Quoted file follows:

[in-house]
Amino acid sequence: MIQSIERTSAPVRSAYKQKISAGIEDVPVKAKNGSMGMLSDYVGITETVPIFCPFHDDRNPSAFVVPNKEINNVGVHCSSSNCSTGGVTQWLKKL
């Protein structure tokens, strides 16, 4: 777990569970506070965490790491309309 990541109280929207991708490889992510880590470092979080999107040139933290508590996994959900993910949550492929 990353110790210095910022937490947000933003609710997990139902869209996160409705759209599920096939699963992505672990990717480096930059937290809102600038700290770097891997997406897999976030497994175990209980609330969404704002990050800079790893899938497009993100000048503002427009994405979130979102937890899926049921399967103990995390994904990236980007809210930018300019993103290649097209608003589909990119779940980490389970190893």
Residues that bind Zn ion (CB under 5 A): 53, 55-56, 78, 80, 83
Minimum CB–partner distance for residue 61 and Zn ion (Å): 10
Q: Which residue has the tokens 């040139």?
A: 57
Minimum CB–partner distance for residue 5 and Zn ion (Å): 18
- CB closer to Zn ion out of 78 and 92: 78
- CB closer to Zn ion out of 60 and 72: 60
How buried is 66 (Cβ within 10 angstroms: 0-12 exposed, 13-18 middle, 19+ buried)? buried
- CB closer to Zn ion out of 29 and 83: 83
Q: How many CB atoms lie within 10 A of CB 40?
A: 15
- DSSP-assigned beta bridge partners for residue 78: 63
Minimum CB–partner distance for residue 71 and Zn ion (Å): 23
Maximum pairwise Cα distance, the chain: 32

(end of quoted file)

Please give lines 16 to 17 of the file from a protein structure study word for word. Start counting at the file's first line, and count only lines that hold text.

Minimum CB–partner distance for residue 71 and Zn ion (Å): 23
Maximum pairwise Cα distance, the chain: 32